Passionate medical marijuana debate at the University of Tampa

02/25/14 Samuel Johnson
WMNF Drive-Time News Tuesday | Listen to this entire show:

photo by Samuel Johnson (2014)

In November Floridians will vote on the polarizing issue of whether to legalize the use of Medical Marijuana. On Monday night about 500 people packed a sports auditorium at the University of Tampa for a lively debate full of rhetorical antics.

The debate was for the most part civil and informative, but at times devolved into back-and-forth mud slinging. Medical marijuana supporter and prominent attorney John Morgan accused Kevin Sabet of fear mongering. Sabet directs the University of Florida Drug Policy Center and he’s a medical marijuana skeptic. Sabet responded to Morgan with barb of his own.

“(Morgan) please don't talk about California one more minute; please don't talk about trojan horses. (Sabet) well please don't attack my character.(mediator third voice) Doctor. (Morgan) It's not your character it's your expertise. You make money going around selling fear. (Sabet) absolutely not. (Mediator) Gentleman. (Sabet) I make my money selling fear? You chase ambulances and make millions of dollars, John. (Morgan) What do you do at the University of Florida? (Mediator) Gentleman, both of you. (Morgan) What to you do for the University of Florida? (Mediator) Gentlemen.”

The dust settled long enough for more serious review of facts and policies on both sides. The other medical marijuana opponent, Eric Voth is a physician from Kansas who specializes in pain management. Voth has advised the last three presidents on drug issues. He said smoked marijuana is not medicine.

“The reality of it is that smoked pot is not medicine. There is no other medicine that is smoked out there. And one thing that the marijuana lobby has done is to blur in your mind is the issue of cannabinoids for medical uses and cannabis which is marijuana. Keep in mind we are talking about cannabinoids, which can be identified...which can be synthesized...that can be used as medicine, versus smoked pot.”

Allen St. Pierre is executive director of the National organization for the Reform of Marijuana Laws or NORML. He supports the medical marijuana amendment and said there are other delivery methods of medical marijuana other than smoking it.

“We certainly agree that if you can put medicine in a sublingual spray like GW Pharmaceuticals has or a suppository...those will be fun, huh?...thermal patches, eye drops, ear drops. All of these things are coming on the market and they could well dislodge people smoking marijuana. And NORML is not against that at all. But we want to stop patients who are using vegetable matter with their doctor's permission to stop being treated like criminals. And we thank Mr. Morgan for creating this argument in this state. And it's going to make this state the 23rd medical marijuana state.”

Amendment opponents are concerned that children could get easy access to medical marijuana. The University of Florida professor, Kevin Sabet, said the wording in the medical marijuana ballot amendment is dangerously vague.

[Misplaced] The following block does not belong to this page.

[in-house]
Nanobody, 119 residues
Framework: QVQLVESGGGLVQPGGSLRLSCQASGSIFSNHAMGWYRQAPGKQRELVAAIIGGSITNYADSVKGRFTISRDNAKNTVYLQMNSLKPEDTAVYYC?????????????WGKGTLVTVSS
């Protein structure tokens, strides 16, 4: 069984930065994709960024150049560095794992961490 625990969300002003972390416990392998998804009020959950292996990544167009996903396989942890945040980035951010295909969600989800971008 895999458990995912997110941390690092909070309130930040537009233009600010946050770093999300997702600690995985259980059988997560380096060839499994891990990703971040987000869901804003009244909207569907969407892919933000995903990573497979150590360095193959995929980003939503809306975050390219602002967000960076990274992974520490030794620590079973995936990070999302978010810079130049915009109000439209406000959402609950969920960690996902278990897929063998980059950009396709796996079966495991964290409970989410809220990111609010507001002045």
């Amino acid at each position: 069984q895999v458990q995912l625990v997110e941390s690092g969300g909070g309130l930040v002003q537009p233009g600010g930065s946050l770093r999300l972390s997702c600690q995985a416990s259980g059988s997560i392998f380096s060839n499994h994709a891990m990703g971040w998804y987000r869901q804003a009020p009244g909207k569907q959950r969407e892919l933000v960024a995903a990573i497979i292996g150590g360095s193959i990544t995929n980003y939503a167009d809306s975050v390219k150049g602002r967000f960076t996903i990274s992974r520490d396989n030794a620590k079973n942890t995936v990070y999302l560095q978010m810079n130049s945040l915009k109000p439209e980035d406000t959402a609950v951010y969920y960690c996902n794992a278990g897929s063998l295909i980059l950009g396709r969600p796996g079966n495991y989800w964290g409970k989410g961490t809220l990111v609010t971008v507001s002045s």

“Anyone with a conscious to have our loved ones to get what helps them. But when you start, actually what is what I believe the Garvis Poll, which I just saw. When you start reframing the question about, Amendment 2 will allow children to get marijuana, for any reason without parental consent, that support goes down to 33%. When you ask them; Amendment 2 will allow for an adult with moderate lower back pain, or a headache to get it, then that support falls dramatically.”

The legal recreational use of marijuana ended in 1937 with the federal Marihuana Tax Act. It became a schedule I substance, like heroin, under the Controlled Substances Act of 1970. The only attorney on the panel, John Morgan, said the current marijuana laws are antiquated and seeped in racism.

“And Reefer Madness stood for the proposition that African-American men would seduce white women with marijuana and take the white woman from the white man. That is where these laws came from; laws that you're talking about. They've been on the books since the movie Reefer Madness (1936). And the madness is; we're sitting here in the year 2014 still relying on the drug czar who went in and was scared to death by reefer madness.”

Very sick people confront an ethical dilemma whether to benefit from the therapeutic qualities of marijuana when faced with the stark reality that it’s still illegal in Florida. Ryan Roman has been battling spinal and brain cancer for 9 years and uses medicinal marijuana. He said he’ll be glad when it’s legally available.

“I will be able to now go to the doctor and tell him my ailments. He'll be able to verify that. And then I will have the opportunity to be able to go an purchase the medicine that I need and not have to be in fear of going to jail for it. Everything that I have done now for the last years, I've done looking over my shoulder and I've been a patient the whole time. I consider this medicine.”

Florida law requires 60% of the vote to adopt a constitutional amendment.

Listen to the full debate here:

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Smokin and Smokin... for the people's weed! I think that part of the problem is that a lot of these anti-pot people have never actually tried pot. Teresa, the woman on Norman B's show said she had not tried it because she was worried it would harm her future children. What?! Pot isn't going to damage your genes! Jesus Christ, WTF?!